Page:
In 1941, President Franklin D. Roosevelt declared Thanksgiving a federal
holiday. According to the Uniontown Evening Standard, only 32 states celebrated
it on November 20th of that year. The following week 16 states, including
Pennsylvania, celebrated Thanksgiving. Texas celebrated both days. Critics
simply called the president’s declaration “Franksgiving.”
The following month, on December 26th, Roosevelt signed a bill that made
Thanksgiving a federal holiday – by law.
One Thanksgiving tradition started in the late 19th century and has become as
American as, well, pumpkin pie – football.
The December 4th, 1896 edition of the Connellsville Courier carried the account
of the Thanksgiving football game between “the local team” and the Empire
Athletic Club of Greensburg. A thousand people were on hand to see Connellsville
win the game 10-0.
Yet the Uniontown Morning Herald highlighted the intense Thanksgiving Day
football rivalry between Pitt and Penn State in its November 23rd, 1925 edition.
The upcoming game that year was to be the 39th edition. The first was in 1893.
There were other events, tragic and unscheduled, that have taken place on
Thanksgiving weekends down through the years.
Readers of Uniontown’s Daily News Standard awakened on Friday morning, November
30th, 1923 to learn that the “WRIGHT-METZLER ROBBERY WAS THE MOST DARING PIECE
OF WORK IN THE CITY’S HISTORY,” after bandits staged a Thanksgiving Day heist in
There’s also the story that my father repeatedly told me about that took place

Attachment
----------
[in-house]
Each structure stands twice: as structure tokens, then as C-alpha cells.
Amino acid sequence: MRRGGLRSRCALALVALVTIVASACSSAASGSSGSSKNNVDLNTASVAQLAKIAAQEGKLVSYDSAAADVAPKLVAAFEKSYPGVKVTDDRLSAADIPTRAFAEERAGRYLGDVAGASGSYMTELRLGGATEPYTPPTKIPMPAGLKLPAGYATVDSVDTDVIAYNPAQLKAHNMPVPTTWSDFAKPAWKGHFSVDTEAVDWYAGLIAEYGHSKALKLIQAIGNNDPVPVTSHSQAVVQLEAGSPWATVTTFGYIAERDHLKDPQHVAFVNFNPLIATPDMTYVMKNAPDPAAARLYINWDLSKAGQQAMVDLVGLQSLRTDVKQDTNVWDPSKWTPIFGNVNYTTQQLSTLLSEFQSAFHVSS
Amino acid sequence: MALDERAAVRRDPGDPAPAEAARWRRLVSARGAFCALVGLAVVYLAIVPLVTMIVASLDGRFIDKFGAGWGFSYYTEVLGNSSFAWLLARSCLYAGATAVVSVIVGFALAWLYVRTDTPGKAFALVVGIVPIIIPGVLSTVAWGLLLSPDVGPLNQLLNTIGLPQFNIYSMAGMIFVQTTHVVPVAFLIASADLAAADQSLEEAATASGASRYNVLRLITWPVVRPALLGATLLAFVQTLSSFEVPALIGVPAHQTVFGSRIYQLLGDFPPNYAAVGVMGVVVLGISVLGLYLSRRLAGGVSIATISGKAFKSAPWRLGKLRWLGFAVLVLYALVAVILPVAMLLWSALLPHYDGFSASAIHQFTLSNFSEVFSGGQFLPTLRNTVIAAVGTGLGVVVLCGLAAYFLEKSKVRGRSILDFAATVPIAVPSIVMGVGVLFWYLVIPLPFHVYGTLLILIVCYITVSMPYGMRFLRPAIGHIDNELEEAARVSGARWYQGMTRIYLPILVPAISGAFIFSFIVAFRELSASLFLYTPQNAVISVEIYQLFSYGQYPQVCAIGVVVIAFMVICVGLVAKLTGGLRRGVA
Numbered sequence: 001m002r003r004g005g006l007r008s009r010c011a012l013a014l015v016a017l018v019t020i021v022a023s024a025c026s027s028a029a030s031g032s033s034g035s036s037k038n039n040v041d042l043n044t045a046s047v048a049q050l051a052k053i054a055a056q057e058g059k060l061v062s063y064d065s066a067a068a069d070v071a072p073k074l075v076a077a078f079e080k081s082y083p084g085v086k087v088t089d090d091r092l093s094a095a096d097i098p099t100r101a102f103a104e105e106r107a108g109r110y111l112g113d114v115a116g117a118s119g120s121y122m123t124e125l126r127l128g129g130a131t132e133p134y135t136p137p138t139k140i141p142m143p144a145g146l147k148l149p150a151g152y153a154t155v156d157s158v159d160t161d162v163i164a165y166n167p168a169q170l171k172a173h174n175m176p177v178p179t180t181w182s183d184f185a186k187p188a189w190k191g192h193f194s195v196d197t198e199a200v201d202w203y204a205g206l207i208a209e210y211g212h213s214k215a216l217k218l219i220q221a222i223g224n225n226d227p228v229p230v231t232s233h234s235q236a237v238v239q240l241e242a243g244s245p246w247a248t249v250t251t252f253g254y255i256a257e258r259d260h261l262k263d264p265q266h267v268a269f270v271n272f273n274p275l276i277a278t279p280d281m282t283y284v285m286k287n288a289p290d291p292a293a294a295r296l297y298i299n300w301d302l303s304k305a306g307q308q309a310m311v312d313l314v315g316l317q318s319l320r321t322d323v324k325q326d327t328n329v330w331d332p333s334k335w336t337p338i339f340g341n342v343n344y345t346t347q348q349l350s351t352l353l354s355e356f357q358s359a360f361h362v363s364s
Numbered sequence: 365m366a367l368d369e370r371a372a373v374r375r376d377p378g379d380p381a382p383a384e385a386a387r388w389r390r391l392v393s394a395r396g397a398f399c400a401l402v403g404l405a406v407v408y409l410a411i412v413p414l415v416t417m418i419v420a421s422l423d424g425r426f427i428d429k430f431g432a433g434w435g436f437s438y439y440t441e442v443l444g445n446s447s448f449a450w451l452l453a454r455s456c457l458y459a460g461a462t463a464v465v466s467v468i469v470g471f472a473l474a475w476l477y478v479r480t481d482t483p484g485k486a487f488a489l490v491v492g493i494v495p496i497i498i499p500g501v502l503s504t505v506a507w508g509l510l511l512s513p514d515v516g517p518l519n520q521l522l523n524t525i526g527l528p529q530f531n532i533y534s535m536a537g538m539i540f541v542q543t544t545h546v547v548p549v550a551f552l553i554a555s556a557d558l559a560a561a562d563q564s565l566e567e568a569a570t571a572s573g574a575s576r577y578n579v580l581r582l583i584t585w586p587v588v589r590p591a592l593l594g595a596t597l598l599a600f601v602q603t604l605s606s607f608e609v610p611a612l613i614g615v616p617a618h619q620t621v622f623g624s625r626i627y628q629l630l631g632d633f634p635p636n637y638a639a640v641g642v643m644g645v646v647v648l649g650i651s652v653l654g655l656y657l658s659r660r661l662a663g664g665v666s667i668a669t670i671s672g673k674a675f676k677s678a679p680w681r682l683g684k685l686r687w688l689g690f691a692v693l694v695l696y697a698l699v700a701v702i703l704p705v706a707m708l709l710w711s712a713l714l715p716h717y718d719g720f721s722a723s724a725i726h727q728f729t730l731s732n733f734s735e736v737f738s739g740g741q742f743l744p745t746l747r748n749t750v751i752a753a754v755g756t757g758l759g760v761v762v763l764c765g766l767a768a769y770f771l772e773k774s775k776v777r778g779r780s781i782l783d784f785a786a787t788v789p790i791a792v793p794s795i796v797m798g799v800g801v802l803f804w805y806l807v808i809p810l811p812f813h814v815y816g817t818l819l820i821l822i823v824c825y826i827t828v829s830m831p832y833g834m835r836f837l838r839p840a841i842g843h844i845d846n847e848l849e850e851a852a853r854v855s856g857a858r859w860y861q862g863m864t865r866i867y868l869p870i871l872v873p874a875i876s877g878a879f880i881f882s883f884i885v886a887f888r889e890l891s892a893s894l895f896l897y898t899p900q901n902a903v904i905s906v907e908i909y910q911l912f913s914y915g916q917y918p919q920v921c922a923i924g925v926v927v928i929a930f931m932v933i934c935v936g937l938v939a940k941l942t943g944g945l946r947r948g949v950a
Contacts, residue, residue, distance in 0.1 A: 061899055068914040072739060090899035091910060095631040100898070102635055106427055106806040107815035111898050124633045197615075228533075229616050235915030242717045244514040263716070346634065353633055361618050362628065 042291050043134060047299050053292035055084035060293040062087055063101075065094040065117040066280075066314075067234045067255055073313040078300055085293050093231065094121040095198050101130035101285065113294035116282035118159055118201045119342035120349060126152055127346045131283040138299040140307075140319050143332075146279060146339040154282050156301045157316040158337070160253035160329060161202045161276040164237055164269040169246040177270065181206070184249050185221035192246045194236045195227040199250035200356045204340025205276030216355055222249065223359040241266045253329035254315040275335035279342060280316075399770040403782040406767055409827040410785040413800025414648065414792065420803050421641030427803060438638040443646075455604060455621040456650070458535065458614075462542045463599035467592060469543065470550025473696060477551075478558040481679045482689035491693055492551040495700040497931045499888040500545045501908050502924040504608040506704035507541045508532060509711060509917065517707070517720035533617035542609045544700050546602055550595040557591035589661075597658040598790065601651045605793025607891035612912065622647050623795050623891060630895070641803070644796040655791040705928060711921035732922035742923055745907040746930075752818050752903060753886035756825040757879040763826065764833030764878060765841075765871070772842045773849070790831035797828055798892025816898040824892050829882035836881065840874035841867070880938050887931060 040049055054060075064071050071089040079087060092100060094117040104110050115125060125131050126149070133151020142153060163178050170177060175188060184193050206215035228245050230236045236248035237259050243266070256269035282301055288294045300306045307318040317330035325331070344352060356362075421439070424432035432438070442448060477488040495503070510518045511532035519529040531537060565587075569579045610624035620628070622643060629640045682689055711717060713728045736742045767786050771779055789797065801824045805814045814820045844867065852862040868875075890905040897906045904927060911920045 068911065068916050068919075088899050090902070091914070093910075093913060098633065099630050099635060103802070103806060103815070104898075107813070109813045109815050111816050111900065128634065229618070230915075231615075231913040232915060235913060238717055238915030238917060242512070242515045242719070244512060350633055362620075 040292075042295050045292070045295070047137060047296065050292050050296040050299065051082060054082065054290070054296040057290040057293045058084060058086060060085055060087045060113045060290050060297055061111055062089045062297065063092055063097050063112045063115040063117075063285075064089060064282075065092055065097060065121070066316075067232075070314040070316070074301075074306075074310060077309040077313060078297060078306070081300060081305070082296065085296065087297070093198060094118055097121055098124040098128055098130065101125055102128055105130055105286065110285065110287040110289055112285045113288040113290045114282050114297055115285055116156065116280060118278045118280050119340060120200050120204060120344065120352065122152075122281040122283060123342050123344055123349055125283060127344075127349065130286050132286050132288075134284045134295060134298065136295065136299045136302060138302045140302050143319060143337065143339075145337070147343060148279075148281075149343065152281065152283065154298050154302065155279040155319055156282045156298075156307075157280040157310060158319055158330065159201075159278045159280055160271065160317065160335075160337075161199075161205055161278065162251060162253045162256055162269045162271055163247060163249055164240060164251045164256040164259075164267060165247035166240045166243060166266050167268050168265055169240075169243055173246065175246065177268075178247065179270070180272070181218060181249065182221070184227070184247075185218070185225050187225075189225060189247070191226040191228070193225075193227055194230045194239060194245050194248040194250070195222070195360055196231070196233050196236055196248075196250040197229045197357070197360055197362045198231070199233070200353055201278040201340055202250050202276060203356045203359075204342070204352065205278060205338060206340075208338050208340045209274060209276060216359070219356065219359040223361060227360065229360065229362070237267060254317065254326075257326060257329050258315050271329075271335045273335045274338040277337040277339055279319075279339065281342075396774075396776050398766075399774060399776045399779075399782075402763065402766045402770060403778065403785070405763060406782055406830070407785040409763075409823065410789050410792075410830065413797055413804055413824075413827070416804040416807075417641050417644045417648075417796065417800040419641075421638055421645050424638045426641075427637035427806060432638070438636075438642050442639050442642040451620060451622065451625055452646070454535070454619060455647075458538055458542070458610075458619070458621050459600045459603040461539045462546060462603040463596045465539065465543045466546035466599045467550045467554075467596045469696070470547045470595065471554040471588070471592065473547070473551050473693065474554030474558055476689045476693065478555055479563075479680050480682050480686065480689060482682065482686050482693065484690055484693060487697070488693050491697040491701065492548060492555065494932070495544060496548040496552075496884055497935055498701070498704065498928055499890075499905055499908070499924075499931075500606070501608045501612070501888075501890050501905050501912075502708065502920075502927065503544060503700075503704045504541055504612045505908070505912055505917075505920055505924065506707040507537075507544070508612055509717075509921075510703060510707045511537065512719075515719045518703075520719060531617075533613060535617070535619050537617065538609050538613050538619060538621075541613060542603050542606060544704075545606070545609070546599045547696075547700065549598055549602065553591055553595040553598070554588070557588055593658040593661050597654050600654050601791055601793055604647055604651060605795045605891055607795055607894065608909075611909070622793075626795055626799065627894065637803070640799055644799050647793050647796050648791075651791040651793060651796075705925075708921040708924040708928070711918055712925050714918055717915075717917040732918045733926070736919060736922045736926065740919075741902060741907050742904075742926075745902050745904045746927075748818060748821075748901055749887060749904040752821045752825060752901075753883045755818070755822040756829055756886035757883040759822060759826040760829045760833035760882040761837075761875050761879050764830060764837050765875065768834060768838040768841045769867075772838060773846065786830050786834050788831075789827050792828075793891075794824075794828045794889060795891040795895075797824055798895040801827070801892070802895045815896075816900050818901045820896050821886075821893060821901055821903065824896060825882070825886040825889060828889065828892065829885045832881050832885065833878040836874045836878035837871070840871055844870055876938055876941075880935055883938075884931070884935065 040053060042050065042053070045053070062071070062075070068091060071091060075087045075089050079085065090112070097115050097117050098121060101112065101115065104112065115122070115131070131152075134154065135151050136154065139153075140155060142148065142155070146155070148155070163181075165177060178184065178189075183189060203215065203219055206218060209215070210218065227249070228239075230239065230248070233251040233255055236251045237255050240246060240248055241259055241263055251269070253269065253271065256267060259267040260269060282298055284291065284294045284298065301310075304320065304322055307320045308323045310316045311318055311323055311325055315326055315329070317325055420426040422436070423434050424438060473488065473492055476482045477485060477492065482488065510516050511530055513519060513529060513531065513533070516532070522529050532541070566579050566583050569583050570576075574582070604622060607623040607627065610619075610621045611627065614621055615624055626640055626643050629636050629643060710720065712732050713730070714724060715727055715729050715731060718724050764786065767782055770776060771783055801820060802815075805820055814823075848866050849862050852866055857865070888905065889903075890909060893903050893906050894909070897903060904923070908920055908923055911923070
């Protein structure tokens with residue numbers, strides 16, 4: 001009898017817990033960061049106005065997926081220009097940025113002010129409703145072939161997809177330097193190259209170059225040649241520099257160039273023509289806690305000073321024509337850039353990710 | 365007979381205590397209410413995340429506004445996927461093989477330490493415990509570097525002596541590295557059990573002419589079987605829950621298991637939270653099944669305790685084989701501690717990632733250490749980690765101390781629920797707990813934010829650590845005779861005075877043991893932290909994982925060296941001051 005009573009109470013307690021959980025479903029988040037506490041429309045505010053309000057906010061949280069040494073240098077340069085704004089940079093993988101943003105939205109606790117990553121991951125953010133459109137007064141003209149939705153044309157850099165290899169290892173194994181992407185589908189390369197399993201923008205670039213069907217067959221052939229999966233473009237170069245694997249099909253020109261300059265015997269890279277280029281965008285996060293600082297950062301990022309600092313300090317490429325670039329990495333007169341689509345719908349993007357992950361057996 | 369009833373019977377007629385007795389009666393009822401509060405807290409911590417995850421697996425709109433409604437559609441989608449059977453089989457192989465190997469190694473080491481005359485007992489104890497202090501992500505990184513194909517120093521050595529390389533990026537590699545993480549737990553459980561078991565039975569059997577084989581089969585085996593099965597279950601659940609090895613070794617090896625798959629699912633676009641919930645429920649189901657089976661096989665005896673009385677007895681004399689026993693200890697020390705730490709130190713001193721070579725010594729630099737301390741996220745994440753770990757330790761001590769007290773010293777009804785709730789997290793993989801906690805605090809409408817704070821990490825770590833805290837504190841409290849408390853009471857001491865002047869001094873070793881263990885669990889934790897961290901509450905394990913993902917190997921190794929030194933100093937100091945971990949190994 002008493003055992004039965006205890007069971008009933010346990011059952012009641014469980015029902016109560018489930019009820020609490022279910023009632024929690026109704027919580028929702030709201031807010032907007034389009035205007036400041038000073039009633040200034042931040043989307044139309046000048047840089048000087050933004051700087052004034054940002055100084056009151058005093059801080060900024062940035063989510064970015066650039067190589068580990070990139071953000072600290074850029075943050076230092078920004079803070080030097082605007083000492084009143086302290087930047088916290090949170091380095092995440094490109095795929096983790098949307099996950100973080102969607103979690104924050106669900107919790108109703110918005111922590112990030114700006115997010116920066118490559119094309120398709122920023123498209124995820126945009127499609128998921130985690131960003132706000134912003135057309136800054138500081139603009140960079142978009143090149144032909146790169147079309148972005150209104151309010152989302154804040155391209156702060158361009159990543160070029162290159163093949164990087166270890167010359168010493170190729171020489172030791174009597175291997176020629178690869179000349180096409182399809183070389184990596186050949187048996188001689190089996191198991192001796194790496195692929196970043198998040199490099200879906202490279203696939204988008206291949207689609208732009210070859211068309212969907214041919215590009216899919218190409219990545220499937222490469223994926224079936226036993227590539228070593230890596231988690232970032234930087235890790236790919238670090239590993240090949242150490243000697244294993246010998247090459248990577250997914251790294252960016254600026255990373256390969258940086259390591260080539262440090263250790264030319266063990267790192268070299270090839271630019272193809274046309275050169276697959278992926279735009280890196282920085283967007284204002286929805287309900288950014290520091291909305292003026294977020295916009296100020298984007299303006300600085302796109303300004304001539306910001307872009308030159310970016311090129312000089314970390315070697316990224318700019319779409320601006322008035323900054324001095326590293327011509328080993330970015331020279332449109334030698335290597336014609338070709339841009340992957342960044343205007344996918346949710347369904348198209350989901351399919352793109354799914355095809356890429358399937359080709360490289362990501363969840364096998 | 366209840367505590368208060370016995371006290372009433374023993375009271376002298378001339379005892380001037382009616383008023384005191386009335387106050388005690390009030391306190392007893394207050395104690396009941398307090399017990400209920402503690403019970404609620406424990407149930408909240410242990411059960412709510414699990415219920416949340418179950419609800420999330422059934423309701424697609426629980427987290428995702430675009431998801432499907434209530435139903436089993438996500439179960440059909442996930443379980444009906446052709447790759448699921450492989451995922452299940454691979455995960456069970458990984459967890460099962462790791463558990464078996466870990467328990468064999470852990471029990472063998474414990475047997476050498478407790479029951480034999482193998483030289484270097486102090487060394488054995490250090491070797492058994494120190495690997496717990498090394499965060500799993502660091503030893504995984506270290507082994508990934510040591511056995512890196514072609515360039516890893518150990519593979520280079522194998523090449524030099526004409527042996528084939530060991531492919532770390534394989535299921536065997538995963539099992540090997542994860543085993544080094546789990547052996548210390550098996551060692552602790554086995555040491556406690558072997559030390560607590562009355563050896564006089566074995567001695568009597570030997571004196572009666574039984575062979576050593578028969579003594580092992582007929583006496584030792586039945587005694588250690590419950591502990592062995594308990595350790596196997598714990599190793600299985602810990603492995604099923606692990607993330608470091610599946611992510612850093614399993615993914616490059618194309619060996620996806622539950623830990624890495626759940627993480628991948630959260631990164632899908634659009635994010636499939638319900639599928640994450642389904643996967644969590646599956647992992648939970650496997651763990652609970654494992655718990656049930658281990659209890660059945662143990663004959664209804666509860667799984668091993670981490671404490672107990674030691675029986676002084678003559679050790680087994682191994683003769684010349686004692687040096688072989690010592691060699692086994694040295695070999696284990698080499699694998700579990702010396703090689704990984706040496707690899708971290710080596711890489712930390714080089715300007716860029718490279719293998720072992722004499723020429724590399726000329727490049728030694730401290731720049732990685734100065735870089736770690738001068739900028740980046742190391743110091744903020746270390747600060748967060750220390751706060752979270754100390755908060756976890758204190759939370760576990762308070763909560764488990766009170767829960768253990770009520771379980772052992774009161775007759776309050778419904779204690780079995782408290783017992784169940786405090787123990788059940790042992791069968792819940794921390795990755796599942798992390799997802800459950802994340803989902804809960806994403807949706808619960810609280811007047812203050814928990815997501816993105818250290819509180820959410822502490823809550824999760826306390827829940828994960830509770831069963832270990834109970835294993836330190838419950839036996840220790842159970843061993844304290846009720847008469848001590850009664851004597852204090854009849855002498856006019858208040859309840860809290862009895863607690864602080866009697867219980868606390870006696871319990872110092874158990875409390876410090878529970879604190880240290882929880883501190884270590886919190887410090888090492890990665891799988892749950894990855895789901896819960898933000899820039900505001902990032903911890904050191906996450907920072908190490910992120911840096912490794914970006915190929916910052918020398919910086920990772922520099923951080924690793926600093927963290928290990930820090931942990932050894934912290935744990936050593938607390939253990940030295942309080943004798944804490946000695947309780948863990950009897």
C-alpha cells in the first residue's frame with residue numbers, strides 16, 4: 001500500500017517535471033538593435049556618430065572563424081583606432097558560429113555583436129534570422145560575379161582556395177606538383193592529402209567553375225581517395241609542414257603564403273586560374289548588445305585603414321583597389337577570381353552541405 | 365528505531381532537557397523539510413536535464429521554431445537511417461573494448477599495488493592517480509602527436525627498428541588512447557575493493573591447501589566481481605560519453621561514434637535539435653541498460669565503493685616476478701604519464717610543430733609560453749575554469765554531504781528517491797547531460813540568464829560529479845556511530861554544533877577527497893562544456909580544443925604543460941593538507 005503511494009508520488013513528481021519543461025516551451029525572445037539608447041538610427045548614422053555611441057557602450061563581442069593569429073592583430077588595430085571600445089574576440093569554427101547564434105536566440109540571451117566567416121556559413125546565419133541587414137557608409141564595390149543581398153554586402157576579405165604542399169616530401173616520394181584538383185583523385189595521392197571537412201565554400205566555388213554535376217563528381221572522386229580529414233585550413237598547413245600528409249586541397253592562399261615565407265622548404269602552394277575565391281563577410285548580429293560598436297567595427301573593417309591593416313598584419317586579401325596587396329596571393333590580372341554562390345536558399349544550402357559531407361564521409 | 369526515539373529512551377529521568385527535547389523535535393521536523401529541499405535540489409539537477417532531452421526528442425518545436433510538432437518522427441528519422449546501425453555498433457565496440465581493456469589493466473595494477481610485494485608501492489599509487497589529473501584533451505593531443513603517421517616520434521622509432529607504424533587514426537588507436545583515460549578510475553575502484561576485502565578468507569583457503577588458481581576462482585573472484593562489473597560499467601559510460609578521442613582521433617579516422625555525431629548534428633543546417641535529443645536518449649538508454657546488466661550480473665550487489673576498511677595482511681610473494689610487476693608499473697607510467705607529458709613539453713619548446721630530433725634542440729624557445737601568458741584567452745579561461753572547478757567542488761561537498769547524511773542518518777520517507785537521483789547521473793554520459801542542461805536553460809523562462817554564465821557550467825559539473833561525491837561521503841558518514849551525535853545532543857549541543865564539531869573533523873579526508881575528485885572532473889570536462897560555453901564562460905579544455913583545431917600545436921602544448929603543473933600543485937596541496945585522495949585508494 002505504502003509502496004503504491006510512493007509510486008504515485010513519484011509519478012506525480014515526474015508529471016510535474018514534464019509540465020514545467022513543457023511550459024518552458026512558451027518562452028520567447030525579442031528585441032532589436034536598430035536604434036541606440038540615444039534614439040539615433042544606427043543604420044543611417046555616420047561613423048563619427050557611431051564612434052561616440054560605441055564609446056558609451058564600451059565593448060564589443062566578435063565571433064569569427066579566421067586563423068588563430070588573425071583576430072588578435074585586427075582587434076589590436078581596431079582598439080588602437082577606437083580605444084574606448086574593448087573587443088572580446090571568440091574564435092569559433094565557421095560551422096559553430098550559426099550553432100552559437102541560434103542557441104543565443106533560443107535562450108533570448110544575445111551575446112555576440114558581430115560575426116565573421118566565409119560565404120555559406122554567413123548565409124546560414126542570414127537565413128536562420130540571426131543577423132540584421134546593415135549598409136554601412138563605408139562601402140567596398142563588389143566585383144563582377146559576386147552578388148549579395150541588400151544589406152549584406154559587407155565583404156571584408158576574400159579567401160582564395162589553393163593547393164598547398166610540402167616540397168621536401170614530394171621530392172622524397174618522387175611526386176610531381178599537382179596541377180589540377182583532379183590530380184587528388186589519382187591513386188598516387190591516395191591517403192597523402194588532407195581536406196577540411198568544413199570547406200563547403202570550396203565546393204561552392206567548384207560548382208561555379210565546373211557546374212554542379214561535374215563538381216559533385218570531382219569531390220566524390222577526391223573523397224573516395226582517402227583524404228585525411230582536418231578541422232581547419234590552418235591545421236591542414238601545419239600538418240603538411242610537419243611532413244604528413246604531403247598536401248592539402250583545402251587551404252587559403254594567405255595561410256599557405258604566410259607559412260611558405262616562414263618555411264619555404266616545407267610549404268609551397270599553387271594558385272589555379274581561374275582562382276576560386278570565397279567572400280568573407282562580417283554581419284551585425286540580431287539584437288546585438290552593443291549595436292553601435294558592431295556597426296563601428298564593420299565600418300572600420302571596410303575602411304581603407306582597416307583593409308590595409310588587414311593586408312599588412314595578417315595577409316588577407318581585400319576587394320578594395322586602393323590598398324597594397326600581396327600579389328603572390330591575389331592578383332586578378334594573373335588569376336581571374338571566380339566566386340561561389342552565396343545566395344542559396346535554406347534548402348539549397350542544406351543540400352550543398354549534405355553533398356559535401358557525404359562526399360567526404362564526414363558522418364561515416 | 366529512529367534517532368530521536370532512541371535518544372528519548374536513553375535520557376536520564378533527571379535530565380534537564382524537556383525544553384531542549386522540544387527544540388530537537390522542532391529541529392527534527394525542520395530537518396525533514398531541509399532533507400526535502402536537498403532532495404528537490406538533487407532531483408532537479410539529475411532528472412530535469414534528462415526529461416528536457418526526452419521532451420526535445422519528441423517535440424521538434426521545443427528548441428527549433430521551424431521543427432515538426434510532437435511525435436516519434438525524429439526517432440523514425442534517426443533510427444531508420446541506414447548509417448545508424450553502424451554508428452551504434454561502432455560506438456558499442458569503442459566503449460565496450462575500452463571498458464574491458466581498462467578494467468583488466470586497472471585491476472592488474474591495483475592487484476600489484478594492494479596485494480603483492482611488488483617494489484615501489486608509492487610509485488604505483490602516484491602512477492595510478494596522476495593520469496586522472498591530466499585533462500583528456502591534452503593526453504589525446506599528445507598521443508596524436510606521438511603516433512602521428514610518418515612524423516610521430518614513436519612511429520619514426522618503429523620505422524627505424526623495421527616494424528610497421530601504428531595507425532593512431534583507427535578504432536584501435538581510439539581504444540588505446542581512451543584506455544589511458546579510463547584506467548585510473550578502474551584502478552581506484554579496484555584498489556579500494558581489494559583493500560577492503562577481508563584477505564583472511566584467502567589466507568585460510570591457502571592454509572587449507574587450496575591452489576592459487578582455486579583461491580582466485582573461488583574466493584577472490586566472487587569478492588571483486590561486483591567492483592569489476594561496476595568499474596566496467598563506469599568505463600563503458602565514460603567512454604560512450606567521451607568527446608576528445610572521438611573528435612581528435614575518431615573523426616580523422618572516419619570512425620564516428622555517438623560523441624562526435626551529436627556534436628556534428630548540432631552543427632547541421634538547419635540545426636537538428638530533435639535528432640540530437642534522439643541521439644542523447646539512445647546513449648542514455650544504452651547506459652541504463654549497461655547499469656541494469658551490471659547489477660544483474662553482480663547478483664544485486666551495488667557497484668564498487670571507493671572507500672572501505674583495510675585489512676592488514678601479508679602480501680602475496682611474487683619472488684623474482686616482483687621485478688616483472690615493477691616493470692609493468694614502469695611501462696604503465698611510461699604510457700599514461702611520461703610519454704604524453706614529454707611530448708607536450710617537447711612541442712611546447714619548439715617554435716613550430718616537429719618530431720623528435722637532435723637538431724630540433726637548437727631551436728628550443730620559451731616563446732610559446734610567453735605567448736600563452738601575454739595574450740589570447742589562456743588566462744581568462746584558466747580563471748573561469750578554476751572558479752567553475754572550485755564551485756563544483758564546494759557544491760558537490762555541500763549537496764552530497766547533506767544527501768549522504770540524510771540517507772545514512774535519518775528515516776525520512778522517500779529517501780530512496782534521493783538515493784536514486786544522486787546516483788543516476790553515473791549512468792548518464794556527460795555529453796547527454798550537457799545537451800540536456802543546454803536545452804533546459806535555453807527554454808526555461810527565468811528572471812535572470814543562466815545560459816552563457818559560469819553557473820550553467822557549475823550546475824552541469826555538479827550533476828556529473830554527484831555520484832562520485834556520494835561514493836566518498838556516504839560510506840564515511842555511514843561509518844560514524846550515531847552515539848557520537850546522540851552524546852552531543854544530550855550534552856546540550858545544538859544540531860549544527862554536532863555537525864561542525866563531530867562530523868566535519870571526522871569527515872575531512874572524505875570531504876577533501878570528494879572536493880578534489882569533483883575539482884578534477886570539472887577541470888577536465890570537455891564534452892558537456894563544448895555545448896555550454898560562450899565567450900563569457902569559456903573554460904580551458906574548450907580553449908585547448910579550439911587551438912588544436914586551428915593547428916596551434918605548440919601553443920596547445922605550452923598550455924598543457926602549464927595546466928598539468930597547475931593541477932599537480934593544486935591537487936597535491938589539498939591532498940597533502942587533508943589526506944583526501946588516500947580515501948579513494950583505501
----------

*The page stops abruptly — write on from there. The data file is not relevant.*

the day following Thanksgiving in 1950.
It was, perhaps, the worst holiday weekend snow storm in Fayette County’s
On Friday, November 24th, 1950, the Daily Connellsville Courier announced the
big plans for the upcoming Christmas season. Four thousand children were
expected to greet Santa Claus the following morning.
There was another story sharing the front page that day. “The first real
snowstorm of the season hit the district early this morning,” it said.
The following evening the Daily Courier’s front page headline simply said,
“REGION PARALYZED BY SNOW.”
Twenty inches of snow was predicted - with the thermometer reaching below zero.
On Monday, the Morning Herald’s front page carried five snow related pictures,
cancellations and lists of the district’s fatalities.
On Tuesday, when the county was finally digging out from the post-Thanksgiving
snowstorm, there were reports that “The number of deaths attributed to winds,
blizzards and cold rose to 256 in 22 states.”
For the most part, however, Thanksgiving is still a cherished, purely American
I came across a 1945 Morning Herald article that, to me, is most appropriate. A
Lafayette Junior High School student, Miss Gloria Stilwell, had won a statewide
editorial writing competition for her 1944 editorial titled, “Thanks for
“Of all of the holidays of the year, Thanksgiving should be the one that means
the most to us,” she wrote.
And contained within that editorial are words that could resonate today.
“On this Thanksgiving, let us give thanks for America, and pray that all men
abroad will soon return to their coveted celebration of Thanksgiving Day with
all the trimmings,” she concluded.